Capricon 2016 – The Friday Interviews
Capricon 2016 – The Friday Interviews are now available to download. Check them out here. Jen Usellis-Mackay, the Klingon Pop Warrior, attended Capricon on behalf of the G & T Show and secured interviews with Eric Wilkerson, Mae The Bellydancer, and author Scott Lynch. All three of these interviews have been consolidated here for your listening pleasure. Sit back, relax, and enjoy the fun conversations Jen enjoyed with the guests of Honor that attended Capricon 2016. Jen has posted a blog about her convention experiences on the G & T Show website. To read the full post, check out Capricon 2016 – A Chicagoland fan con for everyone!
Jen’s first interview was with Eric Wilkerson. Eric is a free-lance illustrator, concept artist, and teacher working in the entertainment industry for the last ten years and has worked with a number of notable companies, including Blue Man Group, Nickelodeon, and Fantasy Flight games.
They discuss his work for the Blue Man Group and the costumes he made for a new show they were going to produce. It’s unknown if the project will ever come to fruition. They also discuss his work for Weta and their work on Lord of the Rings and how it impacted on the Blue Man Group project.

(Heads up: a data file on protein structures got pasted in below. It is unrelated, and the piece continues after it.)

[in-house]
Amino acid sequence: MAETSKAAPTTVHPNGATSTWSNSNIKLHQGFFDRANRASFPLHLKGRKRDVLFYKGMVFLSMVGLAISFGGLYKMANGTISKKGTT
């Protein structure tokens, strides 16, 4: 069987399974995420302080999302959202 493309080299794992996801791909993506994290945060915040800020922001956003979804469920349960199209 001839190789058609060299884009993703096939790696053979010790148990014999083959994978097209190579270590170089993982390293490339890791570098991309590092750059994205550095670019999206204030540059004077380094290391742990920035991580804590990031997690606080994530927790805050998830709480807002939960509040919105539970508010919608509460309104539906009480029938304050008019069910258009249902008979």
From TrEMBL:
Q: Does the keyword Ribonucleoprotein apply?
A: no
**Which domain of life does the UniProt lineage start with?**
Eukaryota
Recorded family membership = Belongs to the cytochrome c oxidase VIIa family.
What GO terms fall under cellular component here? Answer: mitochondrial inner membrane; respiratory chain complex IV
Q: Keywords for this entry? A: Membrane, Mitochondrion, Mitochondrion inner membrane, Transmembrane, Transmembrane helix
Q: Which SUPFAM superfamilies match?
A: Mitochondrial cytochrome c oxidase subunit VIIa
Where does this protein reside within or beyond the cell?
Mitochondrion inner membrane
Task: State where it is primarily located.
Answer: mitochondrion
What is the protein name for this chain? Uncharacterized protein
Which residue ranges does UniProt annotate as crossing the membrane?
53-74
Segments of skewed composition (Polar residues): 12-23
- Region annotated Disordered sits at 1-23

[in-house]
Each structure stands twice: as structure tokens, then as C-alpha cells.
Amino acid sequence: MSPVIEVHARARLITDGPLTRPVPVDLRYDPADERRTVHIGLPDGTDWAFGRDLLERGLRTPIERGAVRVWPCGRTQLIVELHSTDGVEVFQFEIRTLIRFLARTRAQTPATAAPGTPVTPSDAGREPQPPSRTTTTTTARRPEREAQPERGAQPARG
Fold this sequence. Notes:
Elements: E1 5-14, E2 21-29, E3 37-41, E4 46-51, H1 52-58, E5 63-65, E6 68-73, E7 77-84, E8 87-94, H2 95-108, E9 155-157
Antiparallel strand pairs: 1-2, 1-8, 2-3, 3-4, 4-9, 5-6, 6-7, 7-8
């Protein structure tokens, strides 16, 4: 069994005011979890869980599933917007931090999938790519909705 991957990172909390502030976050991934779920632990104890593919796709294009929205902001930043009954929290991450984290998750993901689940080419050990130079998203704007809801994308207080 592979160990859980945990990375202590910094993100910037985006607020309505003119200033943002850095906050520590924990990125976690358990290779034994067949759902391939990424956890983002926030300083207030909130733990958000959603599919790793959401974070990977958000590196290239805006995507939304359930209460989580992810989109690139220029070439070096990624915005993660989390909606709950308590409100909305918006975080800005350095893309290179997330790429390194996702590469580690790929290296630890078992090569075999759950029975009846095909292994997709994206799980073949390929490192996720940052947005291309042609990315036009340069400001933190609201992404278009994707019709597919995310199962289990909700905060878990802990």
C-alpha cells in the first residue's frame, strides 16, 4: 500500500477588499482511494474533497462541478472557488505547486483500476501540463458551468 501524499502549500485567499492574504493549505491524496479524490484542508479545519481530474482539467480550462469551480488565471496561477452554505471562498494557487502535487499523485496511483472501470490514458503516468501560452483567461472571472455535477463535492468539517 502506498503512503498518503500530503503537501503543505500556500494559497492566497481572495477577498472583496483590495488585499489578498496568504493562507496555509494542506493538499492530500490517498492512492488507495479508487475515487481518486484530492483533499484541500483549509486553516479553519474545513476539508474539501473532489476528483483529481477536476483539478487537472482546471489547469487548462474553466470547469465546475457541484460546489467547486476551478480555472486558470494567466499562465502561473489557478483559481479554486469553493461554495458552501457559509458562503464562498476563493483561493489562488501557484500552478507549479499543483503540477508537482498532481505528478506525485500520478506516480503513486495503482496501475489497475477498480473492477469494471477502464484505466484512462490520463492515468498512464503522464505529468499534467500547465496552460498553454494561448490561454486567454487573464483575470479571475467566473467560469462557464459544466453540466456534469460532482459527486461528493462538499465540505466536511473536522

They talk about Eric’s panels at the convention. He did the How To Create A Book Cover, Alien Architecture on Earth, and The Art of Eric Wilkerson panels. She asks him about the Rockin’ Rio USA and the 9 foot robot. It’s going to be part of the Art of Eric Wilkerson panel. The giant robot was inspired by the work he did for Blue Man Group. He talks about how the project came about and what he had done for them in the development of the robot. One of the challenges of being a concept artist is that you are not able to show your work until after the project has been completed, which in some cases can be years later.